Planning Permission advice for your conservatory

For many, when planning your conservatory, Planning Permission and Building Regulations can be an unwanted concern. By choosing Cladwinds Ltd this is taken out of your hands so you are free to enjoy the exciting parts of choosing your dream conservatory - such as what style will you have, will the roof be glass or polycarbonate and how will you use your new conservatory or sunroom?

What is the difference between Planning Permission and Building Regulations?

Planning Permission and Building Regulations are often confused. Both are the responsibility of the Local Authority and basically, Planning Permission takes into consideration the aesthetic effect of a new building/extension on the surrounding homes and neighbourhood, whilst Building Regulations define how the structure must be constructed in terms of thermal efficiency.

Do I need Planning Permission?

Cladwinds Ltd will take care of this for you, but for your information, here is a summary of the basic facts. In most cases you will not require planning permission for your conservatory under the present legislation, unless you are adding a conservatory to a house that has already been extended. You may also need to check if your house is a 'new build' as developers sometimes place restrictions on them.

You may be able to build quite a number of conservatories without planning permission that previously would have needed it. The following rules must be followed to remain exempt from them.

From 1st October 2008 new rules for conservatories and extensions took affect which replaced the old rules and affect conservatories as follows:

  1. No extension forward of the principal elevation or side elevation fronting a highway. This means that any conservatory on the front or side of a house that will be closer to a public highway than the original house will need planning permission. A highway is any public right of way including footpaths.
  2. Maximum depth of a single-storey rear extension of three metres for an attached house and four metres for a detached house. The width of a conservatory running along the back length of a house is not constrained at all unless it projects beyond the house which is constrained by rule 3. A house is only detached if there is no solid structure connecting it to a neighbour. A "link" house is therefore not detached nor would be two houses with a common garage. The rules on what counts as being detached have not changed from the previous ones.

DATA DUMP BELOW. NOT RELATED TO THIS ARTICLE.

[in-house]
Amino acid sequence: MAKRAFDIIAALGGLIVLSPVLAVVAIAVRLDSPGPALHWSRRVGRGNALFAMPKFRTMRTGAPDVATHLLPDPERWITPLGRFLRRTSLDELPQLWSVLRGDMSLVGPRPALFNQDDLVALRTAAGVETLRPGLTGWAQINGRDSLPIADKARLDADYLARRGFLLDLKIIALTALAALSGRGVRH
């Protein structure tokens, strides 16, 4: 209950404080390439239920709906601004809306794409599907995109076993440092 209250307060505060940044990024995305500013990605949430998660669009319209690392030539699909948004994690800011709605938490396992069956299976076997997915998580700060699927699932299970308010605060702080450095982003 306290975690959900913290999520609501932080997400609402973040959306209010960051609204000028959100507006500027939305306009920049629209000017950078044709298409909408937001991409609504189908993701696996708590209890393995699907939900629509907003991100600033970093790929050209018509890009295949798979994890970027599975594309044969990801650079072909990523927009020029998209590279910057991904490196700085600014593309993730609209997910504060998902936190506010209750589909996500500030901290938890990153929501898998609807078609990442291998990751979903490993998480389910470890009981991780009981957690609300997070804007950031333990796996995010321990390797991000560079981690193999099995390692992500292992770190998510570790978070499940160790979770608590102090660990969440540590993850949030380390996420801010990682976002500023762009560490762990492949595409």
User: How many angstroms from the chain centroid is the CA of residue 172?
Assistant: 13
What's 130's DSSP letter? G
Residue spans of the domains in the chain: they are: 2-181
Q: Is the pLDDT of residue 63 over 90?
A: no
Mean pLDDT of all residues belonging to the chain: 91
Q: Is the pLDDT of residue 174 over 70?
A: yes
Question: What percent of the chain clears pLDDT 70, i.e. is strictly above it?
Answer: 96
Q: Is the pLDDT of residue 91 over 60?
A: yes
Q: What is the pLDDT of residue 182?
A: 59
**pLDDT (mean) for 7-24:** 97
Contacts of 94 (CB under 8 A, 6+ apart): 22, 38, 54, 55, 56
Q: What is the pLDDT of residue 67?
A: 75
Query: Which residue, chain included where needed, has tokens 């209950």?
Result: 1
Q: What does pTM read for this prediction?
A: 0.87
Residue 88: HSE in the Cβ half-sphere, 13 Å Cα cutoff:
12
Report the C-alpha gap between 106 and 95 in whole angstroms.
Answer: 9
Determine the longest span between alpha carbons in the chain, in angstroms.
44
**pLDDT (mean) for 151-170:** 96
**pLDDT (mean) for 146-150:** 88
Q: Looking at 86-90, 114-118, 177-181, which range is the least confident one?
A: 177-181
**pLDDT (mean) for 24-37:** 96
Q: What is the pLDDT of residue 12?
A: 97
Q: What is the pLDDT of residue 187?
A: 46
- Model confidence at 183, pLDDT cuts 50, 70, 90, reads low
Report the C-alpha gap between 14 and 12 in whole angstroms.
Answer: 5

3. Side extensions to be single storey with maximum height of four metres and width no more than half that of the original house.
  4. Maximum eaves height of an extension within two metres of the boundary of three metres from the lowest point on the ground.
  5. No verandas, balconies or raised platforms.
  6. On designated land no permitted development for rear extensions of more than one storey; no cladding of the exterior; no side extensions.
  7. No more than half the area of land around the "original house" would be covered by additions or other buildings.
  8. Maximum height of a single-storey rear extension of four metres.

While permitted development rights now allow for the construction of many conservatories without planning permission items 1 and 2 above may still limit their size and material construction if you want to avoid building regulations. If a conservatory you are building does not meet any of the above four rules then it will have to adhere to building regulations in full.

Will my conservatory need to satisfy Building Regulations?

In general, a domestic conservatory will be exempt under UK building regulations, again, ask Cladwinds Ltd to check this out for you, they will take care of the process.

Guardian™ Roofs

You should seek the advice of your local planning authority before starting any building project. Details of your local planning department can be found at www.planningportal.gov.uk

Under current editions of the Building Regulations, Building Control approval is required for any alterations to structures under 30m2. Planning Permission and Building Control approval is required for any structure over 30m2.

Some unscrupulous suppliers may suggest that Building Control consent is not required for replacement conservatory roof projects. This is incorrect and misleading. However, in our experience, different authorities have different procedures for gaining consent, which in many cases are very simple and straightforward.